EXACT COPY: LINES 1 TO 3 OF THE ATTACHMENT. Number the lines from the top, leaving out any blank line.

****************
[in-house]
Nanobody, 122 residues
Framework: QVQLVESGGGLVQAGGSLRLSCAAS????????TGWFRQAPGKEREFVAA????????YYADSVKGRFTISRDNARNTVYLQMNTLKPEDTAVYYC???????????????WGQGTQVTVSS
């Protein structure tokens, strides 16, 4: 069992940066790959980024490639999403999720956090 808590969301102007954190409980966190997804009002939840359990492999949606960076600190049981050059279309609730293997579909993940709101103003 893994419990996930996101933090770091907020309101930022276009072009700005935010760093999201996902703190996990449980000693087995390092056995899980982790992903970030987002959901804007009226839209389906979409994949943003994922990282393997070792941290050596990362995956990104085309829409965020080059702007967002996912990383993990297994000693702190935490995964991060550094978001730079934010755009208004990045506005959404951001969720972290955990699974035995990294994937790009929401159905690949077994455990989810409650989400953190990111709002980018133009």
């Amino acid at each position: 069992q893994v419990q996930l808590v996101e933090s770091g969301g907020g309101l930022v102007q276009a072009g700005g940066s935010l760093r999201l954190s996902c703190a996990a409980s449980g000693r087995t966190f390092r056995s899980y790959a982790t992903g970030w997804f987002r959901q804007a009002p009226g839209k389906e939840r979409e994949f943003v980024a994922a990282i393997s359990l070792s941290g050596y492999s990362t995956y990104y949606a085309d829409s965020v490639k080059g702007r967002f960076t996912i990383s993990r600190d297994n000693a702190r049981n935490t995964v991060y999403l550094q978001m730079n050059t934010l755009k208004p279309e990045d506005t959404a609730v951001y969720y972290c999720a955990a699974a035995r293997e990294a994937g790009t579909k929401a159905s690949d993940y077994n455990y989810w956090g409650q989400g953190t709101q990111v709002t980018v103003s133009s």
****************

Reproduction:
[in-house]
Nanobody, 122 residues
Framework: QVQLVESGGGLVQAGGSLRLSCAAS????????TGWFRQAPGKEREFVAA????????YYADSVKGRFTISRDNARNTVYLQMNTLKPEDTAVYYC???????????????WGQGTQVTVSS